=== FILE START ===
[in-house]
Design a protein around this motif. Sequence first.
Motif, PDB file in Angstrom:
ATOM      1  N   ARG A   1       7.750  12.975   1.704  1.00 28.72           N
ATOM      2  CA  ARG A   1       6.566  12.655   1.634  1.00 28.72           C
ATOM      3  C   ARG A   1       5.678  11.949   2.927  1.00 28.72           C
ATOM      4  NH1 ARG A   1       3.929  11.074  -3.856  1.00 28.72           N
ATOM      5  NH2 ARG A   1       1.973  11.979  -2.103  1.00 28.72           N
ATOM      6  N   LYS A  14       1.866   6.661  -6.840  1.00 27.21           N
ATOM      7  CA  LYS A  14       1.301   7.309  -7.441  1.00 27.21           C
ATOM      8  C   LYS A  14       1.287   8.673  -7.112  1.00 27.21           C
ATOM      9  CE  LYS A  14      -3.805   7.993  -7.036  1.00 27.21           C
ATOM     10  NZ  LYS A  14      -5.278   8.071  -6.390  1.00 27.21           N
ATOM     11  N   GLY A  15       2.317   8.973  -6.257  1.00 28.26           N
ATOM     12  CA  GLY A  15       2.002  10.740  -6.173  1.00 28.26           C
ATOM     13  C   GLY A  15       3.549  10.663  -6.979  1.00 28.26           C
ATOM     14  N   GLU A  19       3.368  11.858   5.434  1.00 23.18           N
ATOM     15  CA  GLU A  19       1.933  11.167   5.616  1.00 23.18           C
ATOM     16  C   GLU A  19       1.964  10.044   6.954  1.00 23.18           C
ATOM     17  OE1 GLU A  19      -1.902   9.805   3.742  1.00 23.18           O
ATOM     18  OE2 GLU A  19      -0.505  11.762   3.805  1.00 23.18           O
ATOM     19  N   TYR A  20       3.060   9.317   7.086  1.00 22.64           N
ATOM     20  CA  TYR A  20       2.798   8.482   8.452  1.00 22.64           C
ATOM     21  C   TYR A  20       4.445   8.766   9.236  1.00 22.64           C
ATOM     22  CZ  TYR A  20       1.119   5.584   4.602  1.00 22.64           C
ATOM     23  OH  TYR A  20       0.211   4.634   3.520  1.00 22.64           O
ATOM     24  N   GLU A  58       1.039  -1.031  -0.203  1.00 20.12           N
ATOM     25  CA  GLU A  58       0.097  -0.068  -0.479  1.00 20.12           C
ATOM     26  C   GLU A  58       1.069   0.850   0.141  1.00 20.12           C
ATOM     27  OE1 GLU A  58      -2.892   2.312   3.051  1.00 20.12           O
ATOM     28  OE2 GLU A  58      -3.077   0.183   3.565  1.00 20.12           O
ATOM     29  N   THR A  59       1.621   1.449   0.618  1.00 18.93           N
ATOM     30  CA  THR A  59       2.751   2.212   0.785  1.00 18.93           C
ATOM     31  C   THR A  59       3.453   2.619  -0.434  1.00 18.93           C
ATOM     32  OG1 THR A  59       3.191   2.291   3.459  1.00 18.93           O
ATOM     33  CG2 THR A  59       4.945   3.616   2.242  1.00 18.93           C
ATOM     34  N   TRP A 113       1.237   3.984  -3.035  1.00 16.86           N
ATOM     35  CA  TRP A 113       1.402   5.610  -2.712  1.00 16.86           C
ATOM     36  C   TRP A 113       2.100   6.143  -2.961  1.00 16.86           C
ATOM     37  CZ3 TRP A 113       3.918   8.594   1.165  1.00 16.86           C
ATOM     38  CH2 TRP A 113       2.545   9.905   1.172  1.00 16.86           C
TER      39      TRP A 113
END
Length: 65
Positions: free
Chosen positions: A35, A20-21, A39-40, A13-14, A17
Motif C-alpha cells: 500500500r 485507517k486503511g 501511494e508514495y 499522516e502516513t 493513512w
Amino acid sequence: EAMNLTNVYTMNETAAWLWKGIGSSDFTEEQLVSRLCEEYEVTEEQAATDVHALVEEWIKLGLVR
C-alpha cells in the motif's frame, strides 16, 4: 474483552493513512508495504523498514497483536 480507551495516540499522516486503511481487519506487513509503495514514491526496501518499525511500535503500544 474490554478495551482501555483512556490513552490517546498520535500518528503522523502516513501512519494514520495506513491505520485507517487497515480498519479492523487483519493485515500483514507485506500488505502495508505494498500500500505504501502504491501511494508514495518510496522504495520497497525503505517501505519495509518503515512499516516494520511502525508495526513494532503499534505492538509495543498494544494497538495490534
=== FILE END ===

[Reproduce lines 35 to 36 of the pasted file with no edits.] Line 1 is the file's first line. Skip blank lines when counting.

ATOM     32  OG1 THR A  59       3.191   2.291   3.459  1.00 18.93           O
ATOM     33  CG2 THR A  59       4.945   3.616   2.242  1.00 18.93           C